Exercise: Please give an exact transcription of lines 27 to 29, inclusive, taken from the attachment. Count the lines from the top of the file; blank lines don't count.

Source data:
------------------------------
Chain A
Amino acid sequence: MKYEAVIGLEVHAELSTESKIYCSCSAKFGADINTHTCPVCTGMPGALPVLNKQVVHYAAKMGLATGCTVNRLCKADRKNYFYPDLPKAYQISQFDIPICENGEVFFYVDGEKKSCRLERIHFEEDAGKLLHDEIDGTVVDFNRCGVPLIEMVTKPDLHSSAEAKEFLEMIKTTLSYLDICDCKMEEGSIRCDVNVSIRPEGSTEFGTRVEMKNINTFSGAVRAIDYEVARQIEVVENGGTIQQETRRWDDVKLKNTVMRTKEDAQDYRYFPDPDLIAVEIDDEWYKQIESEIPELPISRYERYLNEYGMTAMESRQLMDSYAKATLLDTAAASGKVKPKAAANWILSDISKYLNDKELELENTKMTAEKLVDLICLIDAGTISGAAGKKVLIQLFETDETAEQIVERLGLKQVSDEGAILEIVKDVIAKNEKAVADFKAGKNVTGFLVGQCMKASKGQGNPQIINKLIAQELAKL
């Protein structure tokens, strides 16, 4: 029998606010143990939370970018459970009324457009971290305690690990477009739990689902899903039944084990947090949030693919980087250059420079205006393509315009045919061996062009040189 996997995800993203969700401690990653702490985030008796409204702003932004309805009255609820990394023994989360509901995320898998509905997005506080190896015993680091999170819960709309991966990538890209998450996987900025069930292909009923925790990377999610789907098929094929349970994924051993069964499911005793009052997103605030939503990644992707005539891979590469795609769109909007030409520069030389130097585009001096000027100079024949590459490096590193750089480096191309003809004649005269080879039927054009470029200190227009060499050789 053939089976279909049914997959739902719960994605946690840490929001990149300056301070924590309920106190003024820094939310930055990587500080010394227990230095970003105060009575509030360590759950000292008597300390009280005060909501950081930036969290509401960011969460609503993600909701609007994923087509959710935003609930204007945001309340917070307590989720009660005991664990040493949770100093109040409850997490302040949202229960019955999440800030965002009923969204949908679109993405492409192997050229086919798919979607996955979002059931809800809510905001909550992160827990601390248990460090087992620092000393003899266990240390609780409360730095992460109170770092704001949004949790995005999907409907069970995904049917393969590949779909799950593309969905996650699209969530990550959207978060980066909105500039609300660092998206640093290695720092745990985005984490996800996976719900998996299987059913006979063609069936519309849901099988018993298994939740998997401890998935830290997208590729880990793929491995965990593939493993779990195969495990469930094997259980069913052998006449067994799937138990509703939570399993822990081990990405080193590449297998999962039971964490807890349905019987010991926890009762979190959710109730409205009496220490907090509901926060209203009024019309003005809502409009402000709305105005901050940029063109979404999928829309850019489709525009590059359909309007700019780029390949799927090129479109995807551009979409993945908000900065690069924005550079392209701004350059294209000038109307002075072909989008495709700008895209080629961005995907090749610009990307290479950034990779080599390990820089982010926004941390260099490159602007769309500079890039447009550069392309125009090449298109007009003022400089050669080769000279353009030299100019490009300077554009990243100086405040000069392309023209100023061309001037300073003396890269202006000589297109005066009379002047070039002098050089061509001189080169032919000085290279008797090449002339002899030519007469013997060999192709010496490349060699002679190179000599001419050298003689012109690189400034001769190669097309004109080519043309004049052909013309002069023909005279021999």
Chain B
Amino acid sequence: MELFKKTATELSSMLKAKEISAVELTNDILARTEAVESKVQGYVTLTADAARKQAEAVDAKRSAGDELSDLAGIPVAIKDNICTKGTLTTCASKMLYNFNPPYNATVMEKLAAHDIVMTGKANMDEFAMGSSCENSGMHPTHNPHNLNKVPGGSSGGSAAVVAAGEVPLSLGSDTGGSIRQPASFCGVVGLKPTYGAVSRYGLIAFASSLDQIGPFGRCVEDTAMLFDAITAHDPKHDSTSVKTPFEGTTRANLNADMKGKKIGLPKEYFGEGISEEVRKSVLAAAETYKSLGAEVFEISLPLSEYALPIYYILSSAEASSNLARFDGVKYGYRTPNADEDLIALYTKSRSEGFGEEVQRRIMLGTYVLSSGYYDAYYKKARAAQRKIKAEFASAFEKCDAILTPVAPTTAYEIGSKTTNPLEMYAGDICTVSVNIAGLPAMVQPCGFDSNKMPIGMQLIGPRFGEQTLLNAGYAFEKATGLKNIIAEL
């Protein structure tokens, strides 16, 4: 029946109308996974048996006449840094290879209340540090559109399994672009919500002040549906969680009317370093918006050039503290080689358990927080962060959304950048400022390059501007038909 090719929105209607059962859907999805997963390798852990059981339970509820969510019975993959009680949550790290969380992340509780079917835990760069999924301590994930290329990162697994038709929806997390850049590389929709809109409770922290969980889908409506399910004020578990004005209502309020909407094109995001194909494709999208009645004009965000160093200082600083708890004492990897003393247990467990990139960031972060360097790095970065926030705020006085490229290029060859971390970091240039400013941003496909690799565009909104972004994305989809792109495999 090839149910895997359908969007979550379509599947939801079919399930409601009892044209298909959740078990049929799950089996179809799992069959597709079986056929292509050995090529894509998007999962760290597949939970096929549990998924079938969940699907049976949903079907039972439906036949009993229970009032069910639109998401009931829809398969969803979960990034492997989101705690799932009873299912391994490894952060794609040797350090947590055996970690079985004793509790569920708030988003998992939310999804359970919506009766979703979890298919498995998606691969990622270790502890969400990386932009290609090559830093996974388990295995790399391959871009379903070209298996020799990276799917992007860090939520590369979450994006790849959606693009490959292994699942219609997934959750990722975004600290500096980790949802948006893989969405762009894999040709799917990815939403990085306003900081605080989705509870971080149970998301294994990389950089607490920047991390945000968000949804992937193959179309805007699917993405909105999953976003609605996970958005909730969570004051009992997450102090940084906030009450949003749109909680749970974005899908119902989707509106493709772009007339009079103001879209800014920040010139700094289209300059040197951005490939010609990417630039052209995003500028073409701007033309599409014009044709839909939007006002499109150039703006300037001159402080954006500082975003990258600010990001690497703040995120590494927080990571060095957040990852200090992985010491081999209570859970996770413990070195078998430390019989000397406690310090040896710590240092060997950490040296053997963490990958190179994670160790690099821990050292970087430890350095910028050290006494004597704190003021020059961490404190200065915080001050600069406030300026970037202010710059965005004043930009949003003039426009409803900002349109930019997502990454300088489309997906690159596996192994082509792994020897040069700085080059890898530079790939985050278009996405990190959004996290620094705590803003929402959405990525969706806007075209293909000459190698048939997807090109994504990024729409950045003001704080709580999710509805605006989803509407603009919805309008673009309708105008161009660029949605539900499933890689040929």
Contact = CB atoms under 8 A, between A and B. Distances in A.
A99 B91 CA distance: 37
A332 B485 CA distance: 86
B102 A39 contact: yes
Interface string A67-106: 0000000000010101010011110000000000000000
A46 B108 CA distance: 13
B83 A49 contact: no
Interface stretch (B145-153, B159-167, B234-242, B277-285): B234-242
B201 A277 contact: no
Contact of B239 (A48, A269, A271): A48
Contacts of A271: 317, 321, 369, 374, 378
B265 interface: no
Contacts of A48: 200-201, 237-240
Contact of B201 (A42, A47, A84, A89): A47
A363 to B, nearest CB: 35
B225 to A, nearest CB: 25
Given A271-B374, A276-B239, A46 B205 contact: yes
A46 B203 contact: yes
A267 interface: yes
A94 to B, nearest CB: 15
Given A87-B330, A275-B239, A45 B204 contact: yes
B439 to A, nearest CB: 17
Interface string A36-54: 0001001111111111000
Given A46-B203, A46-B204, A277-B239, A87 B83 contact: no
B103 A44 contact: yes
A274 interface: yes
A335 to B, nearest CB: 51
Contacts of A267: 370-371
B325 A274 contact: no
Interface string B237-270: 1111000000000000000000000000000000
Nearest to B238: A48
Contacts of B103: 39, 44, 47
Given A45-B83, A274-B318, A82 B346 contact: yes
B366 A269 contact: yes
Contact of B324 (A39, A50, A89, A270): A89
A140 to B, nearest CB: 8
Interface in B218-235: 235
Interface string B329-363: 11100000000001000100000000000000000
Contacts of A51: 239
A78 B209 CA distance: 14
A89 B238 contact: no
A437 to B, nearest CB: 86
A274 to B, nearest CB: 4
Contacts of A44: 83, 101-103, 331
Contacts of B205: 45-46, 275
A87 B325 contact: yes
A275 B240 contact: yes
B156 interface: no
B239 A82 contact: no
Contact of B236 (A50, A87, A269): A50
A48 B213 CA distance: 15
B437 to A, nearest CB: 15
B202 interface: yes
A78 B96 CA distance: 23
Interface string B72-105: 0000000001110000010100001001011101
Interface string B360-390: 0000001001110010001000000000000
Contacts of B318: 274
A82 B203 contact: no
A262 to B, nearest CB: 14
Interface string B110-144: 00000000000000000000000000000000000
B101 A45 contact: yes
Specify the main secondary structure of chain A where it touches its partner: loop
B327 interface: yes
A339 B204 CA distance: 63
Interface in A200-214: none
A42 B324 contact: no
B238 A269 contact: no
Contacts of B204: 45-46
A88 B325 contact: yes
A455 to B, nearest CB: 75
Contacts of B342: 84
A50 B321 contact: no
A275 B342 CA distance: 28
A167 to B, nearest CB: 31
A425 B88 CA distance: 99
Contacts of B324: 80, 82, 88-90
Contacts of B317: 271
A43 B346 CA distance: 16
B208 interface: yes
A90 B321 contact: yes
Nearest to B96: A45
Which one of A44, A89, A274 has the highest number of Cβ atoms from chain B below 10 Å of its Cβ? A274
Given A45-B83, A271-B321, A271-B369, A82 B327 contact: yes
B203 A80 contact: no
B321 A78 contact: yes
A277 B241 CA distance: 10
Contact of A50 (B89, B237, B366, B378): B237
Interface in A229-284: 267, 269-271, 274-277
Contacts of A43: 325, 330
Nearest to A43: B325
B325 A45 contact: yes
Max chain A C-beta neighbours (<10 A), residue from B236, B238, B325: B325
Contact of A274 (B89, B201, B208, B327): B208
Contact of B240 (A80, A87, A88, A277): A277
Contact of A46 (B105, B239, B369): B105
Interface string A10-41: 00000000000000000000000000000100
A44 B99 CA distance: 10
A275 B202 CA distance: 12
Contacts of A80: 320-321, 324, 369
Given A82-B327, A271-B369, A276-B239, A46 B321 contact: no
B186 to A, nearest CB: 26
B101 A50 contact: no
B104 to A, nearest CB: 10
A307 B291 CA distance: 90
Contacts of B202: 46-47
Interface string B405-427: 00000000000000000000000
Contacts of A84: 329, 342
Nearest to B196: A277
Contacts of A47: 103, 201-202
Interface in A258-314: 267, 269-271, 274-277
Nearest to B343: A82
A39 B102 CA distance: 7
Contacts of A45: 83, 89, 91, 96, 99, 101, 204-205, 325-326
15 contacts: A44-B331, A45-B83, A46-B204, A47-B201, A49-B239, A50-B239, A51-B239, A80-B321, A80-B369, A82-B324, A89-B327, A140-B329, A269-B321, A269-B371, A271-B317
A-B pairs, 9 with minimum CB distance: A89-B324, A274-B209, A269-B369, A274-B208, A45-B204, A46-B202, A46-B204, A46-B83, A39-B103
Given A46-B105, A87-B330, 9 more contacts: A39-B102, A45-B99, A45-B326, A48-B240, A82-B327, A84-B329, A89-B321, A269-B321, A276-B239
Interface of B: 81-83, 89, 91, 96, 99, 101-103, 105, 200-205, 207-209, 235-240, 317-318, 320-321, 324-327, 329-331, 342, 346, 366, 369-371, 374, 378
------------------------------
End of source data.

Given A87-B330, A275-B239, A45 B204 contact: yes
B439 to A, nearest CB: 17
Interface string A36-54: 0001001111111111000